DuPont Chemical In Stain-Resistant Product May Disrupt Reproductive Tissues. A manufactured chemical used in making nonstick and stain-resistant products may disrupt important reproductive tissues in pregnant and unborn female mice, according to researchers in North Carolina.
A report in the latest edition of the journal Toxicological Sciences was the latest to find possible links between C8, or perfluorooctanoic acid (PFOA), and problems in animal health, development and reproduction.
PFOA is manufactured only by the DuPont Co. in the United States and has become the target of an intensive Environmental Protection Agency and European Union health risk study. The compound is used in production of Teflon and huge numbers of nonstick and stain-resistant coatings and products, including coatings for food wrappers and containers.
An EPA advisory panel tentatively labeled PFOA a “probable” cancer-causing agent. The same material has been targeted in lawsuits around the nation, some focusing on PFOA-tainted water near DuPont plants in New Jersey, West Virginia, Ohio and elsewhere.
In the most recent study, researchers noted diminished weight in newborn mice after their mothers were exposed to PFOA, along with “significant” stunting of mammary glands in newborn female mice.
The same report by scientists at two North Carolina universities and two federal laboratories also cited possible effects on mammary tissue development and milk production in pregnant females. It was the first study to document “PFOA-induced toxicity” in mouse reproductive tissues, and noted that the findings point to possible effects on “a range of reproductive tissues” that might have been missed in studies using rats.
Class Action Lawsuit Against DuPont
An attorney that handled a class-action lawsuit against DuPont targeting C8 in drinking water, described the latest findings as “somewhat shocking.” The lawsuit is expected to cost DuPont tens of millions of dollars for water testing, water treatment and other concessions in communities near its Parkersburg, W.Va., plant.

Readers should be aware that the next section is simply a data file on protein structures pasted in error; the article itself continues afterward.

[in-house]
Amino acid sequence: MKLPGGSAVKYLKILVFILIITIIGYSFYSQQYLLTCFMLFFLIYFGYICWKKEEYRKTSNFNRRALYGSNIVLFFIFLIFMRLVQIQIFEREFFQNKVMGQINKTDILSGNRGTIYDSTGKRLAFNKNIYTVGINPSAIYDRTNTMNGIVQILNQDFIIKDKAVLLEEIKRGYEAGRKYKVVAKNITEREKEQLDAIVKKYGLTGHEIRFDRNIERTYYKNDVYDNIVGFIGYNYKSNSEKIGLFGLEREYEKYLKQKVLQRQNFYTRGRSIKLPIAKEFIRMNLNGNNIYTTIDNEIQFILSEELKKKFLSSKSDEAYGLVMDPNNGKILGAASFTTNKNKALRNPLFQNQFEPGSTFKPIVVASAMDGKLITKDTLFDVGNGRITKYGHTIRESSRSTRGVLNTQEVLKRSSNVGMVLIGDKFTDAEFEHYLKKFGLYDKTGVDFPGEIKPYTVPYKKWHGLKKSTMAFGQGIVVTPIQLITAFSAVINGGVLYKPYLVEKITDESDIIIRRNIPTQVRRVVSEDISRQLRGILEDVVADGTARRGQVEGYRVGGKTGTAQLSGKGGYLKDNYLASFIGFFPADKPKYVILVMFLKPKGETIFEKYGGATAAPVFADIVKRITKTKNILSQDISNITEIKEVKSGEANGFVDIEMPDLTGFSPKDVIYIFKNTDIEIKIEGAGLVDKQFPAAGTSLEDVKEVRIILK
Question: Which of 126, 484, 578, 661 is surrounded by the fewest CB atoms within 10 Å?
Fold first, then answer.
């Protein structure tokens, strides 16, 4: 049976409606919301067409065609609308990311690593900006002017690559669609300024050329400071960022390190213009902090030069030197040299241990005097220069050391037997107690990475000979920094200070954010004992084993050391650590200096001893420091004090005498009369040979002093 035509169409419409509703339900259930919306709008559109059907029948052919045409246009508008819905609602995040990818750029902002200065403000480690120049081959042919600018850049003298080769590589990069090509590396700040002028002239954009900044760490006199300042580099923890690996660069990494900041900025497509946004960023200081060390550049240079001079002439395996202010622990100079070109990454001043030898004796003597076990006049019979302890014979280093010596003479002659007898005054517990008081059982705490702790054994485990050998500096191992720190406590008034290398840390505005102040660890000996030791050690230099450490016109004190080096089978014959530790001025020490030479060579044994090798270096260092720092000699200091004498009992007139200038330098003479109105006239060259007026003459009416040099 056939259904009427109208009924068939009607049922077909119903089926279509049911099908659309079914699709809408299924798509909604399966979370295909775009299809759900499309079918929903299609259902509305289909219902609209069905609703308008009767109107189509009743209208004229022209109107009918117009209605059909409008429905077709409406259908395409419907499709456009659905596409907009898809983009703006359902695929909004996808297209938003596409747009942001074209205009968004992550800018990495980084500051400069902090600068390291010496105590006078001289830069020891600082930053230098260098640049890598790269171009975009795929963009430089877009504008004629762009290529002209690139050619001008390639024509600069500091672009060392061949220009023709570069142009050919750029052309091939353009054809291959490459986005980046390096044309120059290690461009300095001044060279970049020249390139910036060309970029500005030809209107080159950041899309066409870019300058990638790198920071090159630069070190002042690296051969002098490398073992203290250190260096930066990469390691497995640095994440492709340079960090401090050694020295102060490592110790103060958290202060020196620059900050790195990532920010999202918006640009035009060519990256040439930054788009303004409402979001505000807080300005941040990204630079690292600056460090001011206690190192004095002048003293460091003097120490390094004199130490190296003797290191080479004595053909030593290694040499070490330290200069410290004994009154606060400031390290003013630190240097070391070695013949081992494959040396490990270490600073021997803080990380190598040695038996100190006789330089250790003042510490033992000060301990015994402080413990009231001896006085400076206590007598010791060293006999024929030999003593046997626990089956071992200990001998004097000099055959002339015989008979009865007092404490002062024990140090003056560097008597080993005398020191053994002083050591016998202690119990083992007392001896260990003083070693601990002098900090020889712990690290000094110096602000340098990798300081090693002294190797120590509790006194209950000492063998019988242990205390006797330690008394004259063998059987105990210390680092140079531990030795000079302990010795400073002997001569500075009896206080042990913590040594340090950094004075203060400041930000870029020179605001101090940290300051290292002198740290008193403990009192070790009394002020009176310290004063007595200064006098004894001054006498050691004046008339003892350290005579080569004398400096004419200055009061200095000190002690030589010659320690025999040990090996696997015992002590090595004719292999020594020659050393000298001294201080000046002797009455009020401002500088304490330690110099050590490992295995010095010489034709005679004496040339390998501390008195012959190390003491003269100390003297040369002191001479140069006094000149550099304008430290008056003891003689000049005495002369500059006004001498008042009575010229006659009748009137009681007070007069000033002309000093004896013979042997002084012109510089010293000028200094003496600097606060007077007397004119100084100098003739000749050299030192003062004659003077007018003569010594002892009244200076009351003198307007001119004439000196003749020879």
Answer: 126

“I have no hesitation to comment on the obvious fact that every new study on this topic points toward a likely health risk,” the attorney, who described DuPont’s position on studies of its workers by a court-appointed science panel as “suspect.”
DuPont issued a statement after reviewing a summary of the report.
“This is additional animal data, but the relevance to humans remains uncertain,” the DuPont statement said. “There are no human health effects known to be caused by PFOA, although studies on the chemical continue.”
The company has said that all of its products, including those using Teflon, are safe.
Although used only since the 1940s, PFOA and related compounds have been found in the blood of humans and animals around the globe. The material is used in manufacturing, but also emerges from the breakdown of related commercially important products including some made with chemicals handled at DuPont’s Chambers Works plant in Deepwater, N.J., near the foot of the Delaware Memorial Bridge.
EPA spokeswoman Enesta Jones said Monday that reducing potential risks from PFOA “continues to be a priority” for the agency. Results of the study will be used by the EPA and industry to refine risk assessments that will guide policies. Industry has committed to reducing and phasing out use of the chemical.
DuPont’s Chambers Works plant recently began shipping some fluorinated chemicals now under study by the EPA to a chemical plant on Mississippi’s Gulf Coast for treatment that reduces the risk of PFOA-type contamination.